Yes, Virginia, farming is hard work (but it is so worth it!)


This week, we wrap up our eight-week series on women in agriculture. We’ve profiled farm women, ag researchers, industry and association leaders, and educators. These eight women are just a sliver of the picture women paint within agriculture.

The focus on women certainly doesn’t mean we feel men aren’t doing equally as noteworthy things. They are, and many of those men also go unnoticed or aren’t acknowledged for their contributions.

But it’s hard to ignore that production agriculture is still predominantly a man’s world.

Read all of our “You Go, Girl” profiles.

There’s room for both, and those of us established in agriculture should be doing our utmost to encourage all generations behind us — regardless of gender — to follow our footsteps. To keep agriculture alive.

I hear parallel criticism in both of my fields, agriculture and journalism. “You can’t make a living doing that anymore.” “You can never take a vacation or day off.” or “Why would I want to work so hard for so little pay?”

Because it’s what we do. Agriculture matters. It’s our DNA, our passion, our world.

It is hard, no doubt about it. Farming is often 24/7/365. It’s physically demanding, financially draining, and mentally exhausting. It’s dirty, smelly, aggravating and frustrating.

“I don’t know any jobs in agriculture that are only 40 hours a week,” said OSU Extension field specialist Dianne Shoemaker when I interviewed her for our series.

But agriculture is also fun, flexible, invigorating and rewarding.

It’s tough to have to put down a cow despite your best efforts to keep her alive. It’s tough to watch a hailstorm shred a field of waist-high corn. It’s tough to keep coaxing life out of old equipment.

But it’s also a true peace to lean on the fence post and watch the cows or sheep out on pasture. It’s rejuvenating to start the cropping season anew each spring, and walk through the fields once the plants start to grow. It’s worth it to look around you and see the results of conservation practices that are saving soil and water and air. You did that.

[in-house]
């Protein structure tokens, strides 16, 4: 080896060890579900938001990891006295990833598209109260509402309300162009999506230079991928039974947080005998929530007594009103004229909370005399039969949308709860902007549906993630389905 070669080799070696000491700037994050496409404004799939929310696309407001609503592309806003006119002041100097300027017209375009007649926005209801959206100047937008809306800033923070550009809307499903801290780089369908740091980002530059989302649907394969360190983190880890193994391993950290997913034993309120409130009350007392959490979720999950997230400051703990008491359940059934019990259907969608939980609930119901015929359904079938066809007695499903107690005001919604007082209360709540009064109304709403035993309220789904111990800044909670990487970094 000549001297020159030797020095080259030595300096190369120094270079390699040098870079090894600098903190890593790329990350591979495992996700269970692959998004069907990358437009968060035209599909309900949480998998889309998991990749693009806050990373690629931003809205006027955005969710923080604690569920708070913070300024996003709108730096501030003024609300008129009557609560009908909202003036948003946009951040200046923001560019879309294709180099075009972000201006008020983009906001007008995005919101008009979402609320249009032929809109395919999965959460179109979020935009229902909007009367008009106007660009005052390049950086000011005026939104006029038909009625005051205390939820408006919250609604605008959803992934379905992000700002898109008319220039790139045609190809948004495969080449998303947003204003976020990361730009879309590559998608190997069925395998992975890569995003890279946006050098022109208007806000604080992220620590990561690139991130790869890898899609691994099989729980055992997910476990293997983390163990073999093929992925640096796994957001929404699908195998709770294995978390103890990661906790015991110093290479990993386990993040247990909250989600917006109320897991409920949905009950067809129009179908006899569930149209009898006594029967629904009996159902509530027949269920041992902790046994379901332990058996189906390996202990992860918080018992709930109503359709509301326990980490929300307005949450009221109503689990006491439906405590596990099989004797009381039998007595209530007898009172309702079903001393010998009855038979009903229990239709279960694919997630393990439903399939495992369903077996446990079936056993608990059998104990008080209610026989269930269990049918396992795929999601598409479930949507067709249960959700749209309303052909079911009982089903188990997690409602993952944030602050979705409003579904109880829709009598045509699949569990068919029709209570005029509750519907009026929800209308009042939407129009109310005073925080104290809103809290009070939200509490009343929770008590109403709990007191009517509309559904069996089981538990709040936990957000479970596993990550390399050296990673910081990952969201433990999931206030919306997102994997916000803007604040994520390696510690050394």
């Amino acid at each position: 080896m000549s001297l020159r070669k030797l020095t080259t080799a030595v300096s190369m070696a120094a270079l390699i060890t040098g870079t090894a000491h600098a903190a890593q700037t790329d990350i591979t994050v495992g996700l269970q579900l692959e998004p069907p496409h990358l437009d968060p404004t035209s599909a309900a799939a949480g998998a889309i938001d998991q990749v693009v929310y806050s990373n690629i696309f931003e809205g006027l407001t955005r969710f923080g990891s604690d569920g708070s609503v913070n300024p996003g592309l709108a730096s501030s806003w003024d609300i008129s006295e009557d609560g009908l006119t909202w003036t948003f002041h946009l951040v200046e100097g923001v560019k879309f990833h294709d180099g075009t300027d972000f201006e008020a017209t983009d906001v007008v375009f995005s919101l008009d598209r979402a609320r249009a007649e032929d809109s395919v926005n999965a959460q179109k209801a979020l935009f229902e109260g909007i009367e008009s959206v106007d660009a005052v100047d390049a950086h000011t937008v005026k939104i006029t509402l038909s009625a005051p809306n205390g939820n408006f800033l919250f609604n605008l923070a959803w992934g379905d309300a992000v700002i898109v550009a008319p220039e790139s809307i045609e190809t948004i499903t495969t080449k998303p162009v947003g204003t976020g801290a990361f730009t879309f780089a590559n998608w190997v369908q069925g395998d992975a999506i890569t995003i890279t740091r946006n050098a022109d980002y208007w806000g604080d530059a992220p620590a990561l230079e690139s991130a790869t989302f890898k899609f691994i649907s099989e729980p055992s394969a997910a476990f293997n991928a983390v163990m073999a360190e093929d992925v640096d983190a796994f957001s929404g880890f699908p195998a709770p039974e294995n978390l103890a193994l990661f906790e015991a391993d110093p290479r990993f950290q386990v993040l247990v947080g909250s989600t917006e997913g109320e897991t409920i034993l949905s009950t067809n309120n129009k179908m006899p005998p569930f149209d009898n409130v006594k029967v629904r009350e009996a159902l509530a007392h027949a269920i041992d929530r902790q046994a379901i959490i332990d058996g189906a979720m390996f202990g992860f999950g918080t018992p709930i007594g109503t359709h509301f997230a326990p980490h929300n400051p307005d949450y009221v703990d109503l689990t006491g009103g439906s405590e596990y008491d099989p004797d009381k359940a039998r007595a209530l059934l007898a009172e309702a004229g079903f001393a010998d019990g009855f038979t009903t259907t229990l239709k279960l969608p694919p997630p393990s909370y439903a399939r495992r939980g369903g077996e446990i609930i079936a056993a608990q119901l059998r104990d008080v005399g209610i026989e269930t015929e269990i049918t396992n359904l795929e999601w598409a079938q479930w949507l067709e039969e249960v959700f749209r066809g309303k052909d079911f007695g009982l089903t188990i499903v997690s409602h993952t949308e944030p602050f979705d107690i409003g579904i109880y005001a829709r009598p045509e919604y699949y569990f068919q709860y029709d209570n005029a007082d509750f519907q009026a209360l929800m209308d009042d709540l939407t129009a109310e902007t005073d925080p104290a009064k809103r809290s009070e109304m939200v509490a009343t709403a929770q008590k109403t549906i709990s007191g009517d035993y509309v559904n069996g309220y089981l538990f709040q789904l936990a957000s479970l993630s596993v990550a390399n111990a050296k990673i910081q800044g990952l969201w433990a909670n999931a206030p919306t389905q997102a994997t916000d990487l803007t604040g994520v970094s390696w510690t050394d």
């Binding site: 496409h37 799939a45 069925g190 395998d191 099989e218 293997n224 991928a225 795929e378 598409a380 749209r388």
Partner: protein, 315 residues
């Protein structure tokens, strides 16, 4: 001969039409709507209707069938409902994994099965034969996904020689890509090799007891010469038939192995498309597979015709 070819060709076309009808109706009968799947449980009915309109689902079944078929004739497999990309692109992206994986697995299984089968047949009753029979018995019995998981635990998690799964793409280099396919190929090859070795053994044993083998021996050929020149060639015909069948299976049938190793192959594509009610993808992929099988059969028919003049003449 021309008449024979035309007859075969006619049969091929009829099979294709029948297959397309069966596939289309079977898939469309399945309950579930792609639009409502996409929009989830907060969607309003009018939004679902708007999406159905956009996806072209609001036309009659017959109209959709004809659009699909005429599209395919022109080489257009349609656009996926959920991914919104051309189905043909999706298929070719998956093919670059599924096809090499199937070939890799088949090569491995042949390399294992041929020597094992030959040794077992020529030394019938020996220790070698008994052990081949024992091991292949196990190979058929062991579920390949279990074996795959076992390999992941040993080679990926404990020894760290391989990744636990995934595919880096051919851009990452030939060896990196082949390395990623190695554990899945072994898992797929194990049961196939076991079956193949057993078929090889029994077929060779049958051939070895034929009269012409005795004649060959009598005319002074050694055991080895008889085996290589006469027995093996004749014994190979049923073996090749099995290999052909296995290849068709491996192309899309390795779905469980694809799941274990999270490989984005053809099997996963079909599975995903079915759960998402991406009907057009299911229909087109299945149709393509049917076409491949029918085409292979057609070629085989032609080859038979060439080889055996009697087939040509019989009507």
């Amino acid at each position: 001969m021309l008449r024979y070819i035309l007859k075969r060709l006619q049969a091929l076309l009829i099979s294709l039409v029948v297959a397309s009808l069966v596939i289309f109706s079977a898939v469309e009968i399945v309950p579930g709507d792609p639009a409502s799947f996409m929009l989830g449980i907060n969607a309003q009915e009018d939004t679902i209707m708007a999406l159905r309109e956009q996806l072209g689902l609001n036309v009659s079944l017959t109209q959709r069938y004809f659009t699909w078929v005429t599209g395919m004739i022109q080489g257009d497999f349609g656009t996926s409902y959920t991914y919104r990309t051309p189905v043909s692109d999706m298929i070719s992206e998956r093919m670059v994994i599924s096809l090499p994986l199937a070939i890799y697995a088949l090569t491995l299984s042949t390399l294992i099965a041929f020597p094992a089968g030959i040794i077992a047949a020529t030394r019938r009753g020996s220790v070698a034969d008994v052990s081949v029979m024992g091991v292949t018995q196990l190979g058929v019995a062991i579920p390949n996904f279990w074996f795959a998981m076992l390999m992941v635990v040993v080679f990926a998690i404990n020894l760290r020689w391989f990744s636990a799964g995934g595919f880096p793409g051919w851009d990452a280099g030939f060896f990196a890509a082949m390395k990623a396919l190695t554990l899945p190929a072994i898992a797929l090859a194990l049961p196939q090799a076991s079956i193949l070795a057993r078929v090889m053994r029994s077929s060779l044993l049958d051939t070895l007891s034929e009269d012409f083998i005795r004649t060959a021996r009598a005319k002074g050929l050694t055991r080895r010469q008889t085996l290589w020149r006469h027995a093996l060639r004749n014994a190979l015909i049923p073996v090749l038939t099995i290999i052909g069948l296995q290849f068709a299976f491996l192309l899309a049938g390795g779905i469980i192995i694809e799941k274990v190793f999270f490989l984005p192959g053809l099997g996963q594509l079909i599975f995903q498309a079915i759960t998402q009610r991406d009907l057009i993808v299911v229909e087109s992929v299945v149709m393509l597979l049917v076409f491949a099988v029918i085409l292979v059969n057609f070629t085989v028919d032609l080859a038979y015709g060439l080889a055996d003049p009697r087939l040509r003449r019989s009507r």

We adapt, we change, we try, we fail, we succeed, we learn. Along the way, our farm paths will cross some of the most inspiring people, and, without knowing it, they will renew our zeal for agriculture.

You may be such a person for someone else — for someone just getting started, or even a veteran who needs a jump start to get back in the groove. We farm individually, but we are fed collectively.

Some of you may have heard me say, “I wish I was 21 again.” And that’s not because I’m feeling my age, but because I’m excited for all that lies ahead in agriculture (and journalism). I want to do it all over again.

So here’s to the women in agriculture, and to the men in agriculture, and to all those who want to join our ranks.

There’s room, if you’re willing to work.

More women in ag stories:


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  1. There is a reason why you can’t keep them down on the farm. Farming is hard work. City folk dream about the seeming low stress life of a farmer, but that is not the reality. City folk can raise a vegetable garden or a few chickens. Even that would be a challenge for most of these dreamers.


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